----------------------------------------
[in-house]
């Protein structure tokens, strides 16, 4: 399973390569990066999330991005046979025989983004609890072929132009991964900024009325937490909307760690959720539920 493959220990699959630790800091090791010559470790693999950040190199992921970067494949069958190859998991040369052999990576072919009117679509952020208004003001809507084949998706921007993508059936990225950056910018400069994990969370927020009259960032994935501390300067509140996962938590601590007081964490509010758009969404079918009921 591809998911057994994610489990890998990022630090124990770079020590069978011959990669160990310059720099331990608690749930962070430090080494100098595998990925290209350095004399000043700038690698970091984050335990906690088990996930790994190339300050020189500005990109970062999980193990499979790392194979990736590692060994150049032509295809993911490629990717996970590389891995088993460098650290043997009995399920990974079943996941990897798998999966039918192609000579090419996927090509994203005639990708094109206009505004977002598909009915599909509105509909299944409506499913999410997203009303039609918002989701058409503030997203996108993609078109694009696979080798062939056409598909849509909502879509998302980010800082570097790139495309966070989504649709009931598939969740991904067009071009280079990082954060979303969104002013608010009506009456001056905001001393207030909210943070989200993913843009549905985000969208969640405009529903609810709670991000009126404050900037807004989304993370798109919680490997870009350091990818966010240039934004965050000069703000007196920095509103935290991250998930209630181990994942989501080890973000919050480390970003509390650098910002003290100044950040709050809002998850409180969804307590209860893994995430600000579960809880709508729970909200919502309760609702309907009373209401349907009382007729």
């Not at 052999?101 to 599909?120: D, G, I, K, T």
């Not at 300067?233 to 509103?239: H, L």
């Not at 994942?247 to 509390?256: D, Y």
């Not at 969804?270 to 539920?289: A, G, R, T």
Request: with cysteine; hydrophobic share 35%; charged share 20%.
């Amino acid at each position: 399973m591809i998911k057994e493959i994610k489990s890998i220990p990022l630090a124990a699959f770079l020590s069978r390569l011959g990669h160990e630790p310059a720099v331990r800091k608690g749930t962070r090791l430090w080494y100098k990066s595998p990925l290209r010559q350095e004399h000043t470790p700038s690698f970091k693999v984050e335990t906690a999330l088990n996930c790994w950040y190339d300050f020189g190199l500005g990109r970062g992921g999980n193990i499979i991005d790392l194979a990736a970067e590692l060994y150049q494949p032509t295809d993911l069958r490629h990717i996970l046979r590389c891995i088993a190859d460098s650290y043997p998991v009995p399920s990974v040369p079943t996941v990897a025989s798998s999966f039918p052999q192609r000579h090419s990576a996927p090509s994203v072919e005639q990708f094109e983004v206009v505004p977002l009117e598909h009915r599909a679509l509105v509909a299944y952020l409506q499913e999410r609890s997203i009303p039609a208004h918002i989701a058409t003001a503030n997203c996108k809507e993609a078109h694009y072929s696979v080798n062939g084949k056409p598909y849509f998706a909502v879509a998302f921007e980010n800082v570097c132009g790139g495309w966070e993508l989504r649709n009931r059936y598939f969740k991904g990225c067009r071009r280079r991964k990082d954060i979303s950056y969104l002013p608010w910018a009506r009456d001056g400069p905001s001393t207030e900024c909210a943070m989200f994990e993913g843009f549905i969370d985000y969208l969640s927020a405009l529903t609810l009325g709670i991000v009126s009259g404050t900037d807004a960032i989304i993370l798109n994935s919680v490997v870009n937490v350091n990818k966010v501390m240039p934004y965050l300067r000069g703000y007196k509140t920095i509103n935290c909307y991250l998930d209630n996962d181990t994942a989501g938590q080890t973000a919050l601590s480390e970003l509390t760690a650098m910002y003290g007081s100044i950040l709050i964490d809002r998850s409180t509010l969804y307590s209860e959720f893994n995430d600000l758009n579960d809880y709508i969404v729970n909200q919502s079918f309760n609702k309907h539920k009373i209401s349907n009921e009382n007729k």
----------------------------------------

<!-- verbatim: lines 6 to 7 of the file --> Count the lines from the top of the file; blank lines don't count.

């Not at 969804?270 to 539920?289: A, G, R, T």
Request: with cysteine; hydrophobic share 35%; charged share 20%.